What appalls Ferguson and makes his movie white-collar harrowing is Bush's almost-exclusive focus on former Defense Secretary Donald H. Rumsfeld, former Deputy Secretary of Defense Paul Wolfowitz and Vice President Dick Cheney, as well as their willingness to "penalize" people who spoke up against them. The result, says the former executive, was a disastrous corporate culture.
After Army Chief of Staff Eric Shinseki contradicted Rumsfeld's troop estimates before the Senate Armed Services Committee, Rumsfeld ridiculed and sacked him. Ferguson is still amazed that "the president does nothing, has no reaction, no involvement.
"If the chief of staff of the Army, who had much more experience than the secretary of Defense, says something like that, I hope I would listen," he says. "When this kind of thing comes down from the people at the top, it's devastating."
As Ferguson began digging, he found "a strikingly large number of people who had tried to do good things but had met brick walls, or brick ceilings."
A cinematic quest
The impetus to do the film came from a dinner with George Packer, a longtime poker pal and The New Yorker's man in Iraq. It was mid-2004; Packer had just come back from a trip to Iraq and conjured a vision of catastrophe.
"Things were not OK, were very, very different than they were being portrayed ... much more complicated and now getting a lot worse," Ferguson recalls. "What he was telling me was coming not from ideology or from preconceived ideas, but from what he had seen."
Ferguson had dreamed of making films but had only loved them from afar. His sense that Iraq was an urgent and compelling subject, and his trusted friend's insistence that the real story wasn't getting told, ignited a cinematic quest.
He immediately began reading up and interviewing sources ranging from journalists to think tank fellows to a deputy secretary of state. He journeyed to Iraq with a security detail that cost him $6,000 a day.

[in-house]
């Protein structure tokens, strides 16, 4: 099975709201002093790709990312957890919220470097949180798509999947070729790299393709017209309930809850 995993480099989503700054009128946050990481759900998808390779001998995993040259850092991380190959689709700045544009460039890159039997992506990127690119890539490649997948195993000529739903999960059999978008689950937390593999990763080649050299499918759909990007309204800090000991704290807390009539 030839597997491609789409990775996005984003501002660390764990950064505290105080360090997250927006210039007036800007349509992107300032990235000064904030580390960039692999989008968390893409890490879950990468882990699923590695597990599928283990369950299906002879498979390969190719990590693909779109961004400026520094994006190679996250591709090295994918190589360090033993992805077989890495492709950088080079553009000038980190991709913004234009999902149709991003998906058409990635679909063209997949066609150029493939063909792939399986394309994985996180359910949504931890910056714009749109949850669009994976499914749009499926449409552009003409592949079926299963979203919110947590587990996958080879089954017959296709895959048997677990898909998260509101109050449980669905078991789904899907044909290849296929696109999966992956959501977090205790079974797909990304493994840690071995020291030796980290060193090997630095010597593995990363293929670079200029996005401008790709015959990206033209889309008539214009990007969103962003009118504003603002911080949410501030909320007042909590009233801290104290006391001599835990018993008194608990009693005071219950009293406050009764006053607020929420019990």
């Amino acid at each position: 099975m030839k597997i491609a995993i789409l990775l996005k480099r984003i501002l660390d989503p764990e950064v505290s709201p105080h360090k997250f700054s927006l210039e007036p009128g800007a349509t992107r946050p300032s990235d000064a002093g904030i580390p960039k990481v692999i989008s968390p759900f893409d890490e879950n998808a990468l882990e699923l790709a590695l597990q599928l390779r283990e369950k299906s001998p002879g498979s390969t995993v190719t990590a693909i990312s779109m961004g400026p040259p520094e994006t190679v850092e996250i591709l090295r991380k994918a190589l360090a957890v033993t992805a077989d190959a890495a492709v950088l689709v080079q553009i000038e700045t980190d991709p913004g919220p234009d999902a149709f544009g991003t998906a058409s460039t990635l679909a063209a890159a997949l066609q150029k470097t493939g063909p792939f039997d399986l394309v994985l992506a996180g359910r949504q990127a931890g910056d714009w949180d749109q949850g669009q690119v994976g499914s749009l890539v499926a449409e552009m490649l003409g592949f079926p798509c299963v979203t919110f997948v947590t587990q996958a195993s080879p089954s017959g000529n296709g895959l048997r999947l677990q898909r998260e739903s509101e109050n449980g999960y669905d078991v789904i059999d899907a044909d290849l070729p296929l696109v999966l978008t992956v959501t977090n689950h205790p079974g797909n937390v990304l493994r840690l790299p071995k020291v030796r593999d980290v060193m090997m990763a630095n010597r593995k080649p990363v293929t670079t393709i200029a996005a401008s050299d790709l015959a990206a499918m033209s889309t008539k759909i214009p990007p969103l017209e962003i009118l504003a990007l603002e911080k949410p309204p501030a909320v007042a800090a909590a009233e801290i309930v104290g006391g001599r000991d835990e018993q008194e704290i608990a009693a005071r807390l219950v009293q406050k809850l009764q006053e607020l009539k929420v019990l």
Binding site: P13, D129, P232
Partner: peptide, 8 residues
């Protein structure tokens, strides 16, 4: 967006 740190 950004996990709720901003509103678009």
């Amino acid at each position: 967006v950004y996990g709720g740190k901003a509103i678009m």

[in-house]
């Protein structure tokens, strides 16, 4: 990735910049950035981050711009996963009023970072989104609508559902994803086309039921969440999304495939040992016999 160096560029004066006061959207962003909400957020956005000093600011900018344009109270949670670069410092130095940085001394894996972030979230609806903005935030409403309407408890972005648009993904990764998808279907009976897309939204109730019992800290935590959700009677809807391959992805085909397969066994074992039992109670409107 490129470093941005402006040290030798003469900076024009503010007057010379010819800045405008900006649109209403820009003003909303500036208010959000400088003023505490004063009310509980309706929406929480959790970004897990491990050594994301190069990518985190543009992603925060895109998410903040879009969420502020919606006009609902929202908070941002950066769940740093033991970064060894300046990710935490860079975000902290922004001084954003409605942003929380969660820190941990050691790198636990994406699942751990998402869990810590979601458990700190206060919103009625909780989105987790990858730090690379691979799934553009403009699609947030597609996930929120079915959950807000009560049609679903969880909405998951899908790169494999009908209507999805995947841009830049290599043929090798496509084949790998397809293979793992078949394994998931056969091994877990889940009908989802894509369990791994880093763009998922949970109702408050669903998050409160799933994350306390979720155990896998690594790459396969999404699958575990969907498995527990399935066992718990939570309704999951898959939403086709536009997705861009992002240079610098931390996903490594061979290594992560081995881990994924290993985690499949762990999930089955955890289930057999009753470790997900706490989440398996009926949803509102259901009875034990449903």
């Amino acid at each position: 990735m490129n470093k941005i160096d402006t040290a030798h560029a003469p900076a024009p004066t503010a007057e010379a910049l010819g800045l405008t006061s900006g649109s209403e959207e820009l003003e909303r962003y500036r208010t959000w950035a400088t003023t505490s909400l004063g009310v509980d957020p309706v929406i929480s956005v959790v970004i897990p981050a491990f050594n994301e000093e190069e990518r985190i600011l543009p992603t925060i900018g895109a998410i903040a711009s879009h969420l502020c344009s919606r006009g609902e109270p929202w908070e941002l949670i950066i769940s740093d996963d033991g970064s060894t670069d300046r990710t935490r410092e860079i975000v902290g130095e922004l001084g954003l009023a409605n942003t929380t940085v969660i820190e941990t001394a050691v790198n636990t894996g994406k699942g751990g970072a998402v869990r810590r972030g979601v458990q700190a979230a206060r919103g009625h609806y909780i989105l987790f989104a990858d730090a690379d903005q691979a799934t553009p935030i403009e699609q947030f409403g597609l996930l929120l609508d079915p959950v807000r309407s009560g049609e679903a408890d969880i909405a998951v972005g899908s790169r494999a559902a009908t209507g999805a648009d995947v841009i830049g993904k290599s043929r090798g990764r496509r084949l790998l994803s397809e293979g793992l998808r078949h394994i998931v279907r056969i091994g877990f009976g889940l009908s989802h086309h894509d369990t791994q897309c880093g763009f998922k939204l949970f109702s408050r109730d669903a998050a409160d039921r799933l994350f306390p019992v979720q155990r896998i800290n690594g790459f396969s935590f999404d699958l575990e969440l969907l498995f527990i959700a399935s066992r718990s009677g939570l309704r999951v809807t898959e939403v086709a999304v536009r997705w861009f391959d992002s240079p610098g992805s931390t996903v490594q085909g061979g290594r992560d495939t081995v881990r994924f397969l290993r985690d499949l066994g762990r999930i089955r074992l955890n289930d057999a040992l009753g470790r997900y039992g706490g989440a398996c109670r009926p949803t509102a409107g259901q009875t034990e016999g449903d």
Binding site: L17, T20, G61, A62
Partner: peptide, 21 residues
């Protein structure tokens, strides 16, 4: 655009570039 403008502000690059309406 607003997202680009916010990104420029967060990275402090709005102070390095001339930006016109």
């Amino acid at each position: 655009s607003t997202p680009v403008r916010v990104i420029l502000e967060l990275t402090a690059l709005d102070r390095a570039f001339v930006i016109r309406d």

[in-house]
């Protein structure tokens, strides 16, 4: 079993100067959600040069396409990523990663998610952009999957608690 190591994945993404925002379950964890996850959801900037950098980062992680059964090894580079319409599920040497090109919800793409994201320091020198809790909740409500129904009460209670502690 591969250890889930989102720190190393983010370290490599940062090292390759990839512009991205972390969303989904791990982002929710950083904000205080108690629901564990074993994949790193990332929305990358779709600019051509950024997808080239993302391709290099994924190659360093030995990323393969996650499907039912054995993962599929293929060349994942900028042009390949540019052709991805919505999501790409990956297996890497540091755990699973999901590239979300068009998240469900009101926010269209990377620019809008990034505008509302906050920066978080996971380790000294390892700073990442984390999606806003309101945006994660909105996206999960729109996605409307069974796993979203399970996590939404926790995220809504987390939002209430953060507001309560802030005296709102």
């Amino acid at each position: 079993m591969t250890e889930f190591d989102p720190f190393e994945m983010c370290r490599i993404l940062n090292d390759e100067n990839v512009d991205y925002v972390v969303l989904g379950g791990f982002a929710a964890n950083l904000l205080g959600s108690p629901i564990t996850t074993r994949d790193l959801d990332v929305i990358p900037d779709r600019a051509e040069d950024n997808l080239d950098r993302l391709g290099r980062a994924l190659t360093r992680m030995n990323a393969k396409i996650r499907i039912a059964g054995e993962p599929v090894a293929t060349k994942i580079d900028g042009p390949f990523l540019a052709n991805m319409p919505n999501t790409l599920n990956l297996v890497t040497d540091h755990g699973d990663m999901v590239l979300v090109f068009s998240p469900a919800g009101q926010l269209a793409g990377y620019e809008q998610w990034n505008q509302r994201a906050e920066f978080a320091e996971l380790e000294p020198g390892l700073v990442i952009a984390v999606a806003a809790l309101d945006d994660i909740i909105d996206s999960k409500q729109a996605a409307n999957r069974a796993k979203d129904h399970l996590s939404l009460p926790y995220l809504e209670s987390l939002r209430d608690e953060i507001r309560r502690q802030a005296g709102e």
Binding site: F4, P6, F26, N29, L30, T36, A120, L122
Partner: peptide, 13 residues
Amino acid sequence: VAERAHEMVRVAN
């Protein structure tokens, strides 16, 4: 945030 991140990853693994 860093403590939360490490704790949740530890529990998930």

And he elicited extraordinary testimony from lesser-known figures, such as Col. Paul Hughes, who comes off as an American hero of the old stripe -- a cross between Jimmy Stewart and a young Buddy Ebsen. He was ready to deliver 137,000 names of Iraqi soldiers able to serve the coalition before L. Paul Bremer dissolved the Iraqi army.
But Gibney found it difficult to see how Hughes and other characters fit into the pattern that Ferguson was drawing of wisdom denied. Gibney wanted the director to establish stronger personalities on film. Ferguson confesses, "I feared that if I started going too far toward personality and drama and emotion, I would sacrifice veracity and maybe credibility in the policy world. It was a difficult balance."
But Ferguson has crack film instincts, too: He uses split-screen to convey the impact of Iraqi carnage and to abet his drive for complexity. Intelligence of every kind becomes exciting.
"I made this film precisely because it was an Iraq film that hadn't been made," says Ferguson. "If there were another movie that laid out the mistakes, I wouldn't have made this one."
Gibney says that would have been a loss. "There are many things that make up an 'authored' piece, a film that has a voice, like a real piece of writing," he says. "Because of who he is, no one could have made this movie except Charles."